The Surrogate

1. Filling Out An Application

Filling out an application is the first step to this big and important decision of wanting to be a Gestational Carrier (GC). Click below to complete our application.

2. Application Screening

Once completed we will reach out to you to discuss your application and review the criteria of becoming a GC.

3. Follow-Up Phone Calls
& Meetings

Filling out an application is the first step to this big and important decision of wanting to be a Gestational Carrier (GC). Click below to complete our application.

4. Paperwork

Once that is completed, you will be invited to complete the required paperwork. These documents include:

5. Background Checks

In order to move forward with becoming a GC, Family Formers will need to run a full background check on you and your spouse (if applicable).

6. Medical Records
(Prenatal & Delivery Records)

Your health is our priority, we will never put your health and wellbeing at risk, which is why it is very important that you are honest about your medical and delivery history. It is imperative that we receive all your medical records for the delivery of all your child(ren) from your physician, as well as the OB Clearance Form to be a GC.

Begin collecting and submitting copies of all the child(ren) delivery records from the hospital or birth center (Family Formers can fax and request these records on the GC’s behalf, if the GC filled out a Records Release for the hospital’s Records Department and returned back to Family Formers).

Family Formers will also need an OB Clearance Form filled out by the GC’s current Obstetrician.

7. Psychological Exam

The GC will also have an evaluation which includes psychological testing and an interview with a fertility psychologist.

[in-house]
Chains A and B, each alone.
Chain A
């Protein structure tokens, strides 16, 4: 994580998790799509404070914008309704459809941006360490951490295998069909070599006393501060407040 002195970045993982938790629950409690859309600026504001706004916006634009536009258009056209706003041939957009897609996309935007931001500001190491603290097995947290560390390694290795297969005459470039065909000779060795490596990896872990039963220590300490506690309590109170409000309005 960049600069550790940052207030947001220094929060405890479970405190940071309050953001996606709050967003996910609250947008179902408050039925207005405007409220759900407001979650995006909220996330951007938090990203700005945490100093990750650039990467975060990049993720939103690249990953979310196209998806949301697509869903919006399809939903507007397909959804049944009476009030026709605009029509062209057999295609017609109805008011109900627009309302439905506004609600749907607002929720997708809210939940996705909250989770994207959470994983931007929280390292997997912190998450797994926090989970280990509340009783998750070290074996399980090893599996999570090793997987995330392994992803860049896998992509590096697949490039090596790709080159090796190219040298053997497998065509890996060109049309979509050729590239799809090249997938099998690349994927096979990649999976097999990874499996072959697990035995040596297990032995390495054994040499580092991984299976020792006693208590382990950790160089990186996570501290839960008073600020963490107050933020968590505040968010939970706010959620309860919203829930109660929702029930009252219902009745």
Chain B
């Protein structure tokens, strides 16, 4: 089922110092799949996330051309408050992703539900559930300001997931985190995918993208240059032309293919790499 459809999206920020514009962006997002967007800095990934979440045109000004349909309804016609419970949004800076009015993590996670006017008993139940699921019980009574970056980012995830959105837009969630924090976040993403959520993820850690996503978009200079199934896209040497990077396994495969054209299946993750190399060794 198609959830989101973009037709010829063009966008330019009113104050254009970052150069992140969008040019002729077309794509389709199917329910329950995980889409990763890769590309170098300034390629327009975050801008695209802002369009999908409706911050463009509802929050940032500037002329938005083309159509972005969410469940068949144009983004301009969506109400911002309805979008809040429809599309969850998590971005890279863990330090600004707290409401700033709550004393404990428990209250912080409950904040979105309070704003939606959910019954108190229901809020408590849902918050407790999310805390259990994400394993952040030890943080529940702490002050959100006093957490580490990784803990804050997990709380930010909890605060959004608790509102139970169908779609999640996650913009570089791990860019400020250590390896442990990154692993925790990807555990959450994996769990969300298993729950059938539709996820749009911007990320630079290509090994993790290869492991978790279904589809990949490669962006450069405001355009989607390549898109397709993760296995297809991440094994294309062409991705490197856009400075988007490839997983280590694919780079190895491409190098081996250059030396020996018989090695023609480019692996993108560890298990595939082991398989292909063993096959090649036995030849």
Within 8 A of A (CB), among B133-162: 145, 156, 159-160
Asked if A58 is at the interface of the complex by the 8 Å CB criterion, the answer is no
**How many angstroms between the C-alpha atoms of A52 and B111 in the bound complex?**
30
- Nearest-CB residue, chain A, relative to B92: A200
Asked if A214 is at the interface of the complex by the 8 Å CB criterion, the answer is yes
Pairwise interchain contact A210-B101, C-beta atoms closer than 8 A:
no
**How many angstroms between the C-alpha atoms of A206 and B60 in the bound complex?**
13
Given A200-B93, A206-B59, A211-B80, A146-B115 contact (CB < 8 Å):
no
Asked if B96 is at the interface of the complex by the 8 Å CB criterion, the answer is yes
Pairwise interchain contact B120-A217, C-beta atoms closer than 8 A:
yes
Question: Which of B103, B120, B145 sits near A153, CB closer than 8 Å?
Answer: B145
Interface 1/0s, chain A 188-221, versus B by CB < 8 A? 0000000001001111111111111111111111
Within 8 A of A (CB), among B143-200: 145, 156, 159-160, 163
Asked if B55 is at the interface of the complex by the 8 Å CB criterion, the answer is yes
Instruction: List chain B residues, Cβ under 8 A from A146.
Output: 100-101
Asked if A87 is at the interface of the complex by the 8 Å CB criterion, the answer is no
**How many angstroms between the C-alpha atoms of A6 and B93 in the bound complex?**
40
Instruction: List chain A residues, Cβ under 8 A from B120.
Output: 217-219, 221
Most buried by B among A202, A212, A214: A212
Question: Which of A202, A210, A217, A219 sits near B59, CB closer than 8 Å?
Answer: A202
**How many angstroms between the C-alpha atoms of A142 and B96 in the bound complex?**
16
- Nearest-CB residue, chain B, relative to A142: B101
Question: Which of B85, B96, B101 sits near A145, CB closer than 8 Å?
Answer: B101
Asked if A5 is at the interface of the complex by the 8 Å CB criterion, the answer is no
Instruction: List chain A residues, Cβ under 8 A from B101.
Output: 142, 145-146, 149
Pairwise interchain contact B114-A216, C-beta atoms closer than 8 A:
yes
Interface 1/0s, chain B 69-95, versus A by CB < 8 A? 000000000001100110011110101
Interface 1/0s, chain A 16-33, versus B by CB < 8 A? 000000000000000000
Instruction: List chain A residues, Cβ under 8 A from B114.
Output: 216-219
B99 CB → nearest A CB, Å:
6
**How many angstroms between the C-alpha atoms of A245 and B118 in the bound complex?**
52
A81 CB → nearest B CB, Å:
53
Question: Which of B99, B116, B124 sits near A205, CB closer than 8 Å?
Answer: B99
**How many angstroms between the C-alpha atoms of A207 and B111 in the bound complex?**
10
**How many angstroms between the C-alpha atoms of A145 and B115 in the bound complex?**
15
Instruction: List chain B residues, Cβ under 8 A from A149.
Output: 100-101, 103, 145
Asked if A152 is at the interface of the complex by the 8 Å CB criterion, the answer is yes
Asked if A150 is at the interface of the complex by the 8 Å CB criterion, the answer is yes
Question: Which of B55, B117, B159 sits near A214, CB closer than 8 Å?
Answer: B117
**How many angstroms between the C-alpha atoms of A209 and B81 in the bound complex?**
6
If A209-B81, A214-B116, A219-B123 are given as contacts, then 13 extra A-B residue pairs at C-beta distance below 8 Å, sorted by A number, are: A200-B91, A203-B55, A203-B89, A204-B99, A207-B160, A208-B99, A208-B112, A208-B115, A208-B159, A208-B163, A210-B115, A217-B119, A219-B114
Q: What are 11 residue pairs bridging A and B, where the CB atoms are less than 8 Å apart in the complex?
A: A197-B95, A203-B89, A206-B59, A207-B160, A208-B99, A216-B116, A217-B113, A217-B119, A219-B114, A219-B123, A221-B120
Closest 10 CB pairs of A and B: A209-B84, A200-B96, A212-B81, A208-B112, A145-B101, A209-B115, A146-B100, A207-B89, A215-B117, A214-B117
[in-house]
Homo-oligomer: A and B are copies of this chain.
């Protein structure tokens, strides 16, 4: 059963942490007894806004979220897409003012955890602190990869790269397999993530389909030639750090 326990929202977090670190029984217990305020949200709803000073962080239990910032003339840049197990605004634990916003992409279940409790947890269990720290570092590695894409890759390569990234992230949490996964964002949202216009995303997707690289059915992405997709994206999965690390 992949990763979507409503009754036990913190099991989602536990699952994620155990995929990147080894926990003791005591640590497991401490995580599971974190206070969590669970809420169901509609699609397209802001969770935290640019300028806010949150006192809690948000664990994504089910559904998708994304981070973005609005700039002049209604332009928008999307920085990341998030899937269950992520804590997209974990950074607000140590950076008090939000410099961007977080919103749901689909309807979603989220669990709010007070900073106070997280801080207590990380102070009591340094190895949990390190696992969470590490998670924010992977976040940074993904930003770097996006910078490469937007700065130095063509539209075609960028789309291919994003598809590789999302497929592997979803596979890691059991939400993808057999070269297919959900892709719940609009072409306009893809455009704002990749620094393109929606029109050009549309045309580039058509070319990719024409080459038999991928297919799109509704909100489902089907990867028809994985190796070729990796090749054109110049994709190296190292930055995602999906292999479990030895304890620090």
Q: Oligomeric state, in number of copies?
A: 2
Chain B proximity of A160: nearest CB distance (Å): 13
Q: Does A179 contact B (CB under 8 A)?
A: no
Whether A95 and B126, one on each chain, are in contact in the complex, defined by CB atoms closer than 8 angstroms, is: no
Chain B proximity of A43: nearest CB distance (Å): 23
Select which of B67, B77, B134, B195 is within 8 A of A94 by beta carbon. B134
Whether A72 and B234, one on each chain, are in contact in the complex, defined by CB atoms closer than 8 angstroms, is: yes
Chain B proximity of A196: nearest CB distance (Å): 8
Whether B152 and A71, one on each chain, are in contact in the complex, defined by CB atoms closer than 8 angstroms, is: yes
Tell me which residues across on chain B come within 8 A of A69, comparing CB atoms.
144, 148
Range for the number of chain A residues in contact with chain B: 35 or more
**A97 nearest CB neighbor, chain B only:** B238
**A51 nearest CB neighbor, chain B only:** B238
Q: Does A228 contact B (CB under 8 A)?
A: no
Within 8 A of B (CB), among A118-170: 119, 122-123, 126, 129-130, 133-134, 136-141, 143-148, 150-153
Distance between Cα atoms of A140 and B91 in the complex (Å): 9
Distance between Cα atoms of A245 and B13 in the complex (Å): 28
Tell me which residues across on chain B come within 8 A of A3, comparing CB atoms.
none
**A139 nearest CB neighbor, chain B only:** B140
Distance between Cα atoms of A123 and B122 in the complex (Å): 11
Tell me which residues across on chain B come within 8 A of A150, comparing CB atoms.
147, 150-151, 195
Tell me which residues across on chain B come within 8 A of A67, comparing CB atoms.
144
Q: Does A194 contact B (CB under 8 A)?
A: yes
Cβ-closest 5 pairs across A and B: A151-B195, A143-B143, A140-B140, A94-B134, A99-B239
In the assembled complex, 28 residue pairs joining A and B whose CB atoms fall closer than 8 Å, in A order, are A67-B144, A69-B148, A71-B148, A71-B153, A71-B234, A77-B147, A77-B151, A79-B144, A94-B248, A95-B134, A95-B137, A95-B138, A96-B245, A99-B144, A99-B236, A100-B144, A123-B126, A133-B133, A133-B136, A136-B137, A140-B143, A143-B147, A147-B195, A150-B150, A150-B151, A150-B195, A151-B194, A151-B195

8. The Match

The GC will be introduced to potential IPs and if both parties agree, will move on to the next step in the process.

9. Medical Screening

You will have a medical screening at the IPs IVF clinic which includes: an Hysterosalpingogram (HSG), Saline Infusion Sonohysterography (SIS), FDA labs for STDs, and bloodwork, physical examination, and consult. The HSG is an X-ray procedure that the IVF specialist will perform to look at your fallopian tubes and uterus to rule out any blockages. According to the ASRM, “the SIS procedure evaluates the uterus and uterine cavity using ultrasonography while sterile saline is instilled into the uterine cavity. The purpose of SIS is to detect abnormalities of the uterus and endometrial (uterine) cavity.”

10. Legal Contracts

A legal contract called a Gestational Surrogacy Agreement (GSA) will be drafted by the IPs’ fertility attorney. You will review the GSA with your assigned fertility attorney. Once approved by all parties, the GSA must be signed and notarized.

11. Frozen Embryo Transfer

You will be giving a Frozen Embryo Transfer (FET) calendar with important dates about appointments, medication start up, and estimated FET. The cycle will commence by starting birth control pills (helps with controlling your menstrual cycle). You will use several medications throughout the preparation cycle, which includes: Leuprolide (Lupron) injections (to calm down your own ovaries’ production), Estrogen patches (used to thicken your uterine lining), and Progesterone injections (helps maintain the pregnancy until the placenta produces its own progesterone).

While you are adding the above-mentioned medications throughout the preparation cycle, you will be attending several monitoring appointments in which you will have ultrasounds and bloodwork. The actual FET will happen once your lining has thickened enough, and your estradiol levels are right. The IVF doctor and nurse will explain the FET process which is painless and a quick visit to the clinic. You will be recommended to rest that day and resume your normal activities with minor restrictions the next day. You will have your first pregnancy blood work test (HCG test/Beta Test) 10 days after FET. Once pregnancy is confirmed via bloodwork, you will be scheduled for an ultrasound around 6 weeks gestation and follow up at around 8 weeks. Then, you will graduate for prenatal care with your OBGYN.